The method I suggested doesn’t rely on how the AI content is generated though. It measures the way the content is injected into the page and the timing of the user interactions. It leaves the final decisions up to moderators, who would have more information for making their decisions. It wouldn’t catch everything, but it would catch many things.

In my main forum, spammers will often create accounts and make posts for a long time, pretending to be regular users. Sometimes the accounts are a year or two old before they start injecting spam links. They don’t post anything interesting, but they don’t violate any rules either, so they can’t be banned right away. There isn’t enough time to talk to them individually to see if they are legitimate users. That’s one group that I’m worried about.

It might be that this Google Chrome feature doesn’t take off, but there’s a risk that it’s going to have a huge negative effect on forums in general, increasing moderation load and lowering the public’s perception of their value due to an increase in vapid AI content that’s just borderline enough to pass.

If it takes off, there won’t be a way to distinguish an AI post from a user who just isn’t writing very well but who is still within the range of acceptable content, and trying to make those moderation decisions without data might turn into an overwhelming burden on admins. If a moderator makes a wrong decision or the accused person lies about using AI, it could lead to time-draining back-and-forth conversations with users.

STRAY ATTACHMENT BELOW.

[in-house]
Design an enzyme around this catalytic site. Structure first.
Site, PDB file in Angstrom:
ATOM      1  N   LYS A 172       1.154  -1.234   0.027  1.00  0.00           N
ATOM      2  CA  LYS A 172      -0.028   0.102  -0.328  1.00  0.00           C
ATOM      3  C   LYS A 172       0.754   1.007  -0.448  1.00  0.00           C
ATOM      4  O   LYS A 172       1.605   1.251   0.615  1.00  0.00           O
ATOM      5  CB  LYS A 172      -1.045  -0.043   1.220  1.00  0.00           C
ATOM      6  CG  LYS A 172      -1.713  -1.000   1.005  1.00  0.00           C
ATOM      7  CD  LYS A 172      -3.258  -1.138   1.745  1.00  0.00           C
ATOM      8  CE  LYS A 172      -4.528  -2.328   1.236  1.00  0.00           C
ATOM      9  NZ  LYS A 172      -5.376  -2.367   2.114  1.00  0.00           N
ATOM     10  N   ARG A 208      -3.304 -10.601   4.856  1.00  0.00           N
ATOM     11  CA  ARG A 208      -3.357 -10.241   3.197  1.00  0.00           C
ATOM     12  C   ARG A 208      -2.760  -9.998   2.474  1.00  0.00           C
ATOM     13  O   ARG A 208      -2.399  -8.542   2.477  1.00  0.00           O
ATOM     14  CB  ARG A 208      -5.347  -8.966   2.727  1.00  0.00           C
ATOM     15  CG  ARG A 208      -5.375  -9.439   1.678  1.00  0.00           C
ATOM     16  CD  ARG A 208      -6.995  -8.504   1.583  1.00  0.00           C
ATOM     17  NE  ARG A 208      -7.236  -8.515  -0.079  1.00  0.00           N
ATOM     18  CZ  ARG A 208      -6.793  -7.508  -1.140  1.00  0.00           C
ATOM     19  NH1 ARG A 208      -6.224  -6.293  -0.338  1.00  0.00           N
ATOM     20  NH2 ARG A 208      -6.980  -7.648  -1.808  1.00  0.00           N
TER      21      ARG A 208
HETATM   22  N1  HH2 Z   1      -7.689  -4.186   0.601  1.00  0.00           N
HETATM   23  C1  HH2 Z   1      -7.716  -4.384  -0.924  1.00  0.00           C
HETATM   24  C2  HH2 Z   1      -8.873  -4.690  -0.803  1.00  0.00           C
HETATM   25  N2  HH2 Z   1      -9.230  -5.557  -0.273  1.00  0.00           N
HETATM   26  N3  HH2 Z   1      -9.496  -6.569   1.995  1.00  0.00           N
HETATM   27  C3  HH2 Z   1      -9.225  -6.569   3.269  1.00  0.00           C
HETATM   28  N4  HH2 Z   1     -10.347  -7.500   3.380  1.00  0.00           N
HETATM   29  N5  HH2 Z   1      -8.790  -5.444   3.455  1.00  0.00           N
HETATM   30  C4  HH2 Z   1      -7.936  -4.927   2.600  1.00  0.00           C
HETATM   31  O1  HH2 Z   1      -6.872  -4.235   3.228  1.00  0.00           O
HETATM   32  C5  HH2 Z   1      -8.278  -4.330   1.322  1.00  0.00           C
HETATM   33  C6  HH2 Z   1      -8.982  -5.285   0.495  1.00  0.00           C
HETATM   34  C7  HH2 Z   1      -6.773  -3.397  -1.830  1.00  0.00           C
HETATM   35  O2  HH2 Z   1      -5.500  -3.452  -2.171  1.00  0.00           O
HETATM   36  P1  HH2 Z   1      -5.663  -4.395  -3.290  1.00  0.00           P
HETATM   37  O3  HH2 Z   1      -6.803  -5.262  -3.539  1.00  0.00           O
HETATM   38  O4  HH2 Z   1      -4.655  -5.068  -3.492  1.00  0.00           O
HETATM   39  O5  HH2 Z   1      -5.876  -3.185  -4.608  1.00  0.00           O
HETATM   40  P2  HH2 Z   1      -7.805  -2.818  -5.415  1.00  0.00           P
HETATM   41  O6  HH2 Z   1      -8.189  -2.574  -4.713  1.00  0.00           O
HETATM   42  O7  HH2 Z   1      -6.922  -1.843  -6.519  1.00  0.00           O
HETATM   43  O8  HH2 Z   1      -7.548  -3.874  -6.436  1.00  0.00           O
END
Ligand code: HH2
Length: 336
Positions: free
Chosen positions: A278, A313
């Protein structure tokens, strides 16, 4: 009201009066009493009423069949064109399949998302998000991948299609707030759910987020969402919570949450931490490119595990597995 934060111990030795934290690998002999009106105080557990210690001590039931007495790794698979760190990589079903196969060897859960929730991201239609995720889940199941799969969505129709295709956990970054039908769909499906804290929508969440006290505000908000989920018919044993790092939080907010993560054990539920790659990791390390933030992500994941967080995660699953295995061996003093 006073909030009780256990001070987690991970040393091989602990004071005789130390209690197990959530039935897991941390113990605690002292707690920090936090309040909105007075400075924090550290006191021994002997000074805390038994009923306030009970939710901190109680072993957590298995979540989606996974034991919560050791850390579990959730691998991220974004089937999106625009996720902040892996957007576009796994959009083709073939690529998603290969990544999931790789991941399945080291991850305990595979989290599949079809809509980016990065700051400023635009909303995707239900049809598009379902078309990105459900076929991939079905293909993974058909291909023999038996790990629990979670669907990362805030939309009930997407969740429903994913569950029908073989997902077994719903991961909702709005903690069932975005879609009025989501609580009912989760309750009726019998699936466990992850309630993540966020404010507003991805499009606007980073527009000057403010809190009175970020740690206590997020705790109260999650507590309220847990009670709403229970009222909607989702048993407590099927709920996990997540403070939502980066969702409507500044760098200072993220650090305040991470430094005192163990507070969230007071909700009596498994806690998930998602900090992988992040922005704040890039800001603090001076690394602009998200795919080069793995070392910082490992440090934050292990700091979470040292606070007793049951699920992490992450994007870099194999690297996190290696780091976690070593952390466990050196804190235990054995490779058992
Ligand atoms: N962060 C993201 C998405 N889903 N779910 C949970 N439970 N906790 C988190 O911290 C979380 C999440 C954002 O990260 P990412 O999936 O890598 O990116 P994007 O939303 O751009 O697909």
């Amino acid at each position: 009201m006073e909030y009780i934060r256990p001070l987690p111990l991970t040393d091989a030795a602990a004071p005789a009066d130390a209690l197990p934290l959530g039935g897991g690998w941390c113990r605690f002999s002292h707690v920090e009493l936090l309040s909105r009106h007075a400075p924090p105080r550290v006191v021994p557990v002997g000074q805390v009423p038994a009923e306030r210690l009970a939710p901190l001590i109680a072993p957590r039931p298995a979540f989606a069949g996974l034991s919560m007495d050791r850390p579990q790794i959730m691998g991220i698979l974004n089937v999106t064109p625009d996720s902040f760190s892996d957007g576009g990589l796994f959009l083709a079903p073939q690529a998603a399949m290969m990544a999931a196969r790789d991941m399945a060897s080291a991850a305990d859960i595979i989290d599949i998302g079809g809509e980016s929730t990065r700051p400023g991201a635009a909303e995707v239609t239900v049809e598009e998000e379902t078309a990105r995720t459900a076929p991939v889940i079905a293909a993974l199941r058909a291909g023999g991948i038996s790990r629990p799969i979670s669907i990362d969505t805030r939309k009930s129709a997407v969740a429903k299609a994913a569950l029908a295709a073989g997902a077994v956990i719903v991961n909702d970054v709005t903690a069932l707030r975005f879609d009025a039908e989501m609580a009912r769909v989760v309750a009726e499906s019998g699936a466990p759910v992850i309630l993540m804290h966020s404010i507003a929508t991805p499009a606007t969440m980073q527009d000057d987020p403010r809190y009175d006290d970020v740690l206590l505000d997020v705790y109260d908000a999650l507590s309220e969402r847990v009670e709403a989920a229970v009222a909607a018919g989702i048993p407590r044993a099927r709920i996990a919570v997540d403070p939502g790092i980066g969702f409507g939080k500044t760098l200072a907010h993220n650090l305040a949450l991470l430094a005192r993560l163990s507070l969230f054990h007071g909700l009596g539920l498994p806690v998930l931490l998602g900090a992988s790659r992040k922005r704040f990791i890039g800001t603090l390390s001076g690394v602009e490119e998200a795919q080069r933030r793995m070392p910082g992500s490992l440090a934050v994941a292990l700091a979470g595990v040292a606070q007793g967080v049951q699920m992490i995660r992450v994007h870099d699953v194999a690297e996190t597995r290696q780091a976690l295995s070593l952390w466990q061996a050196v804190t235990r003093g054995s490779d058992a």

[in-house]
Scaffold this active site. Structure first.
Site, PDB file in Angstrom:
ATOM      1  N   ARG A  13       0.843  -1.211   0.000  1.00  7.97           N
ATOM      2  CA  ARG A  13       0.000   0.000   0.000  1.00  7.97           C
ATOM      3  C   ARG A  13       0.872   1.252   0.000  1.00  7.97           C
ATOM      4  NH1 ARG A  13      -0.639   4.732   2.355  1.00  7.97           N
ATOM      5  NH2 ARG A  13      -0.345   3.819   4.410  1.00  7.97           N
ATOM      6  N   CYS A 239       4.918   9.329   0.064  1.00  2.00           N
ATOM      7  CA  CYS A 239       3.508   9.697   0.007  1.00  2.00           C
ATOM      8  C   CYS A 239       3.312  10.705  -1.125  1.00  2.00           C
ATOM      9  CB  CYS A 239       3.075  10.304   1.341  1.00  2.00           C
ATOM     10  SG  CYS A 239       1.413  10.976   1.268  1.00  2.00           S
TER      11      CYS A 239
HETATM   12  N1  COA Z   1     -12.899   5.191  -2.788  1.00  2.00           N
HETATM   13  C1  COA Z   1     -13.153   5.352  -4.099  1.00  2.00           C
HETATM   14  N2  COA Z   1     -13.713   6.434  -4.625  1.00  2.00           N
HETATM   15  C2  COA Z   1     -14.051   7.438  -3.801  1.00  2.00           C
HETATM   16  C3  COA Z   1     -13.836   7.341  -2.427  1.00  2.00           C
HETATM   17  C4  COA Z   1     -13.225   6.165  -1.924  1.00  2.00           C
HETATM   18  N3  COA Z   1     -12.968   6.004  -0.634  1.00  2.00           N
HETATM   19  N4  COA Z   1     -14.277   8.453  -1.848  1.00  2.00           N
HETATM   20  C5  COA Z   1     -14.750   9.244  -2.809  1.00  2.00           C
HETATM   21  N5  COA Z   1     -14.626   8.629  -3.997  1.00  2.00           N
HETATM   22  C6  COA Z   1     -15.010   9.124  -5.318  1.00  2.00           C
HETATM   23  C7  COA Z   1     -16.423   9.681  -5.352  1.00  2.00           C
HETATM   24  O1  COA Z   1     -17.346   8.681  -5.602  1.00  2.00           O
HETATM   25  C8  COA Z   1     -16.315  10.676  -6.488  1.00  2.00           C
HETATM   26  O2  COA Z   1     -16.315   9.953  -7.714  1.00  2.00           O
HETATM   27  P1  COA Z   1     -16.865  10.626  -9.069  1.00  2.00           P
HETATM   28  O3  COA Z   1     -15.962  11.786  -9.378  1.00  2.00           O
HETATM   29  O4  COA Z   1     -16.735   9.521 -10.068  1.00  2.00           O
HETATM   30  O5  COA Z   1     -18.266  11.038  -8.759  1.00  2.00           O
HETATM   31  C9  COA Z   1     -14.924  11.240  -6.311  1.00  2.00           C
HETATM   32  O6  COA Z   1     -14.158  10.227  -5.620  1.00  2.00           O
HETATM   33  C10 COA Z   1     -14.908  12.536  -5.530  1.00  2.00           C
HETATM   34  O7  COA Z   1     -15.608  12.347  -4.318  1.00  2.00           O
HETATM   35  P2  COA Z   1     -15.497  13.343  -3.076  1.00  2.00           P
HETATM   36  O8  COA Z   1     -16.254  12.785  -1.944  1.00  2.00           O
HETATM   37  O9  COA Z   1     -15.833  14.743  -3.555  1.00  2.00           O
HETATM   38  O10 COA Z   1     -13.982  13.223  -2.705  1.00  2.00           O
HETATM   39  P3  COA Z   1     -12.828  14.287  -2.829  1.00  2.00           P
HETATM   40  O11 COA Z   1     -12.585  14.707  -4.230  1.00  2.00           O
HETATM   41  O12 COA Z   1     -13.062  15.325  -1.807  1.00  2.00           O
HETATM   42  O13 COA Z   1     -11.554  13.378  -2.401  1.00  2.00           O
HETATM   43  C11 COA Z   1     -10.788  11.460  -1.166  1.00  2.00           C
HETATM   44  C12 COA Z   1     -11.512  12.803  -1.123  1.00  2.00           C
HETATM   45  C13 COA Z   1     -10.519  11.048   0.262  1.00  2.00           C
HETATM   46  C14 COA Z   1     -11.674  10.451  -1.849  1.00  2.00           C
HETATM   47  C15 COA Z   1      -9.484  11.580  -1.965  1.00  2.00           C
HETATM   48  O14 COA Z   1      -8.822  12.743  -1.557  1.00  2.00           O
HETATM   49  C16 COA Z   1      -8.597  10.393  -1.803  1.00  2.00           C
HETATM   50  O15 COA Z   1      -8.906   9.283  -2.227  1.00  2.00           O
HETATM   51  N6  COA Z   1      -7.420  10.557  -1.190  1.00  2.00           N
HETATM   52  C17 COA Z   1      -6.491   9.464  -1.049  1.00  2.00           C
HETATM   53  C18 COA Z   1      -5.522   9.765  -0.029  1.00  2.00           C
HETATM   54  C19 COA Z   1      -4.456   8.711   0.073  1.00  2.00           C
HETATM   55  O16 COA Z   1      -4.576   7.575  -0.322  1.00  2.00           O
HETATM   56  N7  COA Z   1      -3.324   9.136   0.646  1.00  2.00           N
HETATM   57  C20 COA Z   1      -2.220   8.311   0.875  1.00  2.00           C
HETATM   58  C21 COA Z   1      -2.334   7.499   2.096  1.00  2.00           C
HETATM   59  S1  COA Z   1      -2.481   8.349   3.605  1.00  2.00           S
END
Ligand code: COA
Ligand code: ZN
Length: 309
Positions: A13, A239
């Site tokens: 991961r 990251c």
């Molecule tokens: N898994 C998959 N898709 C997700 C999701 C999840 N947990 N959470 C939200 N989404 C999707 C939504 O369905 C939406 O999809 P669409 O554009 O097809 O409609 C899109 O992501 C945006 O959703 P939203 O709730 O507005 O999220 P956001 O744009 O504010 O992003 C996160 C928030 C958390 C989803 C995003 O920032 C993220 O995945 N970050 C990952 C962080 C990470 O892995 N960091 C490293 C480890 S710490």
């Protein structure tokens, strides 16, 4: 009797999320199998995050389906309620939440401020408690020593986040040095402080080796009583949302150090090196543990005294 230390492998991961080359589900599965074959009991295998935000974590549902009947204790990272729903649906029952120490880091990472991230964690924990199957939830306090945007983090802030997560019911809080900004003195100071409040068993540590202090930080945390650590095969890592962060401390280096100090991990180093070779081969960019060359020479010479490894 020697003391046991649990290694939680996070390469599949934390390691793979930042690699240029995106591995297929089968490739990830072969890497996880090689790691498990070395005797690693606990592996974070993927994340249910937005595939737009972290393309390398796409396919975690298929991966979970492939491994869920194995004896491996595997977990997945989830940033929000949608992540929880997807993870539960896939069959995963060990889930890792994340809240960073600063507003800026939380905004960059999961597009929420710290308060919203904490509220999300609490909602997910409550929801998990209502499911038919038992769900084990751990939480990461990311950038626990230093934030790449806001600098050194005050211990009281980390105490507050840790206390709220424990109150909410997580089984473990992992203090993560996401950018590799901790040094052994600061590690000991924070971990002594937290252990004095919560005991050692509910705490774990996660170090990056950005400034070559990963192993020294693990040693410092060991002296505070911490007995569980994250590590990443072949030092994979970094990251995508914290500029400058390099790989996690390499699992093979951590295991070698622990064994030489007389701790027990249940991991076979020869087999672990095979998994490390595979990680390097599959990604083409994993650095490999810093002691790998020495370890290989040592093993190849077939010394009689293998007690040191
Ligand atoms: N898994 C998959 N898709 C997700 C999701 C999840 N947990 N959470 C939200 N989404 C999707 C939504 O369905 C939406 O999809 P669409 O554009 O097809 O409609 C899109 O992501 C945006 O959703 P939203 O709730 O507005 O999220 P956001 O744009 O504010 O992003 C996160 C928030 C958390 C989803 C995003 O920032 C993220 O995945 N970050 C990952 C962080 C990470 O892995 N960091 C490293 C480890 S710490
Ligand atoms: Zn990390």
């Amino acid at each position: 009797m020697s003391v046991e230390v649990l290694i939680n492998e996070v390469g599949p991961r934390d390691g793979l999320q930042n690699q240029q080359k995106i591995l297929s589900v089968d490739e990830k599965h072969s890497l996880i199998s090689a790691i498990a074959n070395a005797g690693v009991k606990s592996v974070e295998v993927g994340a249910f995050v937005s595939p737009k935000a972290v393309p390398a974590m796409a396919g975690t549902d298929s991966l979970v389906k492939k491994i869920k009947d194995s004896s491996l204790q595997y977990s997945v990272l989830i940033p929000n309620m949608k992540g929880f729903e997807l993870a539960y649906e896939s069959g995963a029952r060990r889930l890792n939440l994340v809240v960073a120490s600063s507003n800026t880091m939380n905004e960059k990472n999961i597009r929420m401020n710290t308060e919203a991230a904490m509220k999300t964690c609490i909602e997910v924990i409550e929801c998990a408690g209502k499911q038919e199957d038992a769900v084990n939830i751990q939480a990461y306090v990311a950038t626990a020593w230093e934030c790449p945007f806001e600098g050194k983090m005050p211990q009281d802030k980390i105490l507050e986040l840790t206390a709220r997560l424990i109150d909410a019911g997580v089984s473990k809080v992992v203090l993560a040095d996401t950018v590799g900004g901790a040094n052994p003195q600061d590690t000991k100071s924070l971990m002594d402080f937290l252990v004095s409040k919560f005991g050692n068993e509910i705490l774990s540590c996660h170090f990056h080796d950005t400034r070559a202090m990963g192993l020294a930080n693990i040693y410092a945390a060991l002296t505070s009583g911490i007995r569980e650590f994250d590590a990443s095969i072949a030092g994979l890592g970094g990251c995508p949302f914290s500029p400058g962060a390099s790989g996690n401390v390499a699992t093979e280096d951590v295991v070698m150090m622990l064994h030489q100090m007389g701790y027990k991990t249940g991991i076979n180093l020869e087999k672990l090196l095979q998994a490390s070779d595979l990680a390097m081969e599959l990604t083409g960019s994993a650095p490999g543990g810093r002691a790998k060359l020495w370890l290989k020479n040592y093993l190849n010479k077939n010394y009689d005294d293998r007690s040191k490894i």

It might be too early to add a feature to defend against the problem, but I hope that Discourse will keep it on the radar.

Just going to mention that we are indeed keeping a very close eye on this space.

We need to hear success and failure stories from communities out there to help decide on strategies.

There is such a huge gamut here:

  • Spell/phrasing checker+++ … should it be banned? If AI makes my writing a bit bit clearer is it really a crime that it removed a bit.
  • Multilingual stories … would it not be lovely if true multilingual forums could emerge? Not everyone speaks super spectacular English.
  • Is it a crime to have a brainstorming buddy to bounce ideas to prior to posting.

I do think there is merit in improving moderation … for sure. Yellow / Orange / Red flag system could be interesting … for sure.


My objection to Google’s AI writing aid is its UI. It’s generating a reply and displaying a big “Insert” button. The non-lazy way to use AI as a writing tool is to have a conversation with it about what you’re writing.


Yes, I agree with this very much. We might have AI detectors, but why did it take 15 minutes for someone to point out a guide that was AI-generated* (on the forum I come from)? It might be disabled, but it makes people’s hard work meaningless to AI. In fact, we’ve had 2 AI-generated guide encounters and a human-AI user.


On that forum, we’ve had bad encounters with AI in June, and most of us believe in doing things yourself (more specifically, writing guides).

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Thanks for keeping an eye on it.

I’m not against AI — just AI generated content that is passed off as being written by a human.